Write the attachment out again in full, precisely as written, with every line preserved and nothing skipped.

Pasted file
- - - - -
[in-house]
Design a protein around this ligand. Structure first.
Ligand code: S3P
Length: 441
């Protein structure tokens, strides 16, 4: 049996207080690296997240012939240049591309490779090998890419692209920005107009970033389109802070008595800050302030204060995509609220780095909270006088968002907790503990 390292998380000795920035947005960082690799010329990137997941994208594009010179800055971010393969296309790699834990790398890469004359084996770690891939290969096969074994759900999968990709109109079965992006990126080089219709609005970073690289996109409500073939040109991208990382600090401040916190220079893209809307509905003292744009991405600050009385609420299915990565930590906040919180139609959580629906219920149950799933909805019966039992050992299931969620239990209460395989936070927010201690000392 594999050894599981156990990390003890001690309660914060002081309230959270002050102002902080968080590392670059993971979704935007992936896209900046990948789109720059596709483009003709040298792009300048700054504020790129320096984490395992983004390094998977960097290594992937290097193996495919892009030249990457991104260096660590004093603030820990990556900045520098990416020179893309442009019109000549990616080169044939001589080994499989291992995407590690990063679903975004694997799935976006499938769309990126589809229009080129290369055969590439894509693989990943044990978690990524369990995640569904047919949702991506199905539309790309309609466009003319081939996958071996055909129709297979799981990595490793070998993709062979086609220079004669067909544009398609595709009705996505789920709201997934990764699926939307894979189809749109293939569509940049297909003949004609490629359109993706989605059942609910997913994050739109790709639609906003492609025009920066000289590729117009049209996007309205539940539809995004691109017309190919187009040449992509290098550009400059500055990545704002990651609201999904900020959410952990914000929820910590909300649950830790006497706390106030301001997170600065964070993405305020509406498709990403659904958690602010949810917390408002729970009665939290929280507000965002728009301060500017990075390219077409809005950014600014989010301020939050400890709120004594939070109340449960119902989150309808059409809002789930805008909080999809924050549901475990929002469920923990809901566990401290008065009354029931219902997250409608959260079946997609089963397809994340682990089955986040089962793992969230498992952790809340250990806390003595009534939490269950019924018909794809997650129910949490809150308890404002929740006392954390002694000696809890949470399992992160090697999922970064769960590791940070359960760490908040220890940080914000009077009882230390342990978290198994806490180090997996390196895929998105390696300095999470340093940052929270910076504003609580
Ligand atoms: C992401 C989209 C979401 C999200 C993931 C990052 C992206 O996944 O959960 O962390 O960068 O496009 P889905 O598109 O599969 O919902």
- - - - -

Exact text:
[in-house]
Design a protein around this ligand. Structure first.
Ligand code: S3P
Length: 441
């Protein structure tokens, strides 16, 4: 049996207080690296997240012939240049591309490779090998890419692209920005107009970033389109802070008595800050302030204060995509609220780095909270006088968002907790503990 390292998380000795920035947005960082690799010329990137997941994208594009010179800055971010393969296309790699834990790398890469004359084996770690891939290969096969074994759900999968990709109109079965992006990126080089219709609005970073690289996109409500073939040109991208990382600090401040916190220079893209809307509905003292744009991405600050009385609420299915990565930590906040919180139609959580629906219920149950799933909805019966039992050992299931969620239990209460395989936070927010201690000392 594999050894599981156990990390003890001690309660914060002081309230959270002050102002902080968080590392670059993971979704935007992936896209900046990948789109720059596709483009003709040298792009300048700054504020790129320096984490395992983004390094998977960097290594992937290097193996495919892009030249990457991104260096660590004093603030820990990556900045520098990416020179893309442009019109000549990616080169044939001589080994499989291992995407590690990063679903975004694997799935976006499938769309990126589809229009080129290369055969590439894509693989990943044990978690990524369990995640569904047919949702991506199905539309790309309609466009003319081939996958071996055909129709297979799981990595490793070998993709062979086609220079004669067909544009398609595709009705996505789920709201997934990764699926939307894979189809749109293939569509940049297909003949004609490629359109993706989605059942609910997913994050739109790709639609906003492609025009920066000289590729117009049209996007309205539940539809995004691109017309190919187009040449992509290098550009400059500055990545704002990651609201999904900020959410952990914000929820910590909300649950830790006497706390106030301001997170600065964070993405305020509406498709990403659904958690602010949810917390408002729970009665939290929280507000965002728009301060500017990075390219077409809005950014600014989010301020939050400890709120004594939070109340449960119902989150309808059409809002789930805008909080999809924050549901475990929002469920923990809901566990401290008065009354029931219902997250409608959260079946997609089963397809994340682990089955986040089962793992969230498992952790809340250990806390003595009534939490269950019924018909794809997650129910949490809150308890404002929740006392954390002694000696809890949470399992992160090697999922970064769960590791940070359960760490908040220890940080914000009077009882230390342990978290198994806490180090997996390196895929998105390696300095999470340093940052929270910076504003609580
Ligand atoms: C992401 C989209 C979401 C999200 C993931 C990052 C992206 O996944 O959960 O962390 O960068 O496009 P889905 O598109 O599969 O919902």